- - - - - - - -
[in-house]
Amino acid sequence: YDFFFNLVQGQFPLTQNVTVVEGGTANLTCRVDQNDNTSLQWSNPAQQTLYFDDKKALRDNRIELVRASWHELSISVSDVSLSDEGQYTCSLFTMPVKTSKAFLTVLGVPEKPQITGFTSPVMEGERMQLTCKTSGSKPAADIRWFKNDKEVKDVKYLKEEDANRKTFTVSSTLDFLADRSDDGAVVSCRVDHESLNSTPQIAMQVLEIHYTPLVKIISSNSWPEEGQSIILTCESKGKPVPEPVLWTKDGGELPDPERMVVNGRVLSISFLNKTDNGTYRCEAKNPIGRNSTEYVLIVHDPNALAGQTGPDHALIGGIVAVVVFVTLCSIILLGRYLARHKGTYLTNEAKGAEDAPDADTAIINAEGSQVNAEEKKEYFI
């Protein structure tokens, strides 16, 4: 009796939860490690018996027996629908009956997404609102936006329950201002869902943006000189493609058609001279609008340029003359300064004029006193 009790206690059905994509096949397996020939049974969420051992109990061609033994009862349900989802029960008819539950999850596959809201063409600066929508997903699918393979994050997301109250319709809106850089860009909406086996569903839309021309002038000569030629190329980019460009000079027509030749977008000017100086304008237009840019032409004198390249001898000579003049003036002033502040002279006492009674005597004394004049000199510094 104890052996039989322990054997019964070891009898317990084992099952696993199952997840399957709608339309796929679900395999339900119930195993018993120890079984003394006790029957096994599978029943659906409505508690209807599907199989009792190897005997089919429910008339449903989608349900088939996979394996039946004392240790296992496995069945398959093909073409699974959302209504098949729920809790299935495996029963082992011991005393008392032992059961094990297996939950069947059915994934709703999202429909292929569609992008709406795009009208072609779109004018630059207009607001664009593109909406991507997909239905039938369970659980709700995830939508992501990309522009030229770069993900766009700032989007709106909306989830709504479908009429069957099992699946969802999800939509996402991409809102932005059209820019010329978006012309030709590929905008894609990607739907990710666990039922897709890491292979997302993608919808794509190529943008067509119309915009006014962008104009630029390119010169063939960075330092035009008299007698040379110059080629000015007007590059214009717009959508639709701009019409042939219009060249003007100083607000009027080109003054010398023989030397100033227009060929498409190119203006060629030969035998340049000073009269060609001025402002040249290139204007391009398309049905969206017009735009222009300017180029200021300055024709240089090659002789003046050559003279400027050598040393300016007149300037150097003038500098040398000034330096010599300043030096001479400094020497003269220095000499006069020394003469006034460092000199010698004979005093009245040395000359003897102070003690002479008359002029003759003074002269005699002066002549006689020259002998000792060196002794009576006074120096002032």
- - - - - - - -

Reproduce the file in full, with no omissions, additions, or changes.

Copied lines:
[in-house]
Amino acid sequence: YDFFFNLVQGQFPLTQNVTVVEGGTANLTCRVDQNDNTSLQWSNPAQQTLYFDDKKALRDNRIELVRASWHELSISVSDVSLSDEGQYTCSLFTMPVKTSKAFLTVLGVPEKPQITGFTSPVMEGERMQLTCKTSGSKPAADIRWFKNDKEVKDVKYLKEEDANRKTFTVSSTLDFLADRSDDGAVVSCRVDHESLNSTPQIAMQVLEIHYTPLVKIISSNSWPEEGQSIILTCESKGKPVPEPVLWTKDGGELPDPERMVVNGRVLSISFLNKTDNGTYRCEAKNPIGRNSTEYVLIVHDPNALAGQTGPDHALIGGIVAVVVFVTLCSIILLGRYLARHKGTYLTNEAKGAEDAPDADTAIINAEGSQVNAEEKKEYFI
């Protein structure tokens, strides 16, 4: 009796939860490690018996027996629908009956997404609102936006329950201002869902943006000189493609058609001279609008340029003359300064004029006193 009790206690059905994509096949397996020939049974969420051992109990061609033994009862349900989802029960008819539950999850596959809201063409600066929508997903699918393979994050997301109250319709809106850089860009909406086996569903839309021309002038000569030629190329980019460009000079027509030749977008000017100086304008237009840019032409004198390249001898000579003049003036002033502040002279006492009674005597004394004049000199510094 104890052996039989322990054997019964070891009898317990084992099952696993199952997840399957709608339309796929679900395999339900119930195993018993120890079984003394006790029957096994599978029943659906409505508690209807599907199989009792190897005997089919429910008339449903989608349900088939996979394996039946004392240790296992496995069945398959093909073409699974959302209504098949729920809790299935495996029963082992011991005393008392032992059961094990297996939950069947059915994934709703999202429909292929569609992008709406795009009208072609779109004018630059207009607001664009593109909406991507997909239905039938369970659980709700995830939508992501990309522009030229770069993900766009700032989007709106909306989830709504479908009429069957099992699946969802999800939509996402991409809102932005059209820019010329978006012309030709590929905008894609990607739907990710666990039922897709890491292979997302993608919808794509190529943008067509119309915009006014962008104009630029390119010169063939960075330092035009008299007698040379110059080629000015007007590059214009717009959508639709701009019409042939219009060249003007100083607000009027080109003054010398023989030397100033227009060929498409190119203006060629030969035998340049000073009269060609001025402002040249290139204007391009398309049905969206017009735009222009300017180029200021300055024709240089090659002789003046050559003279400027050598040393300016007149300037150097003038500098040398000034330096010599300043030096001479400094020497003269220095000499006069020394003469006034460092000199010698004979005093009245040395000359003897102070003690002479008359002029003759003074002269005699002066002549006689020259002998000792060196002794009576006074120096002032």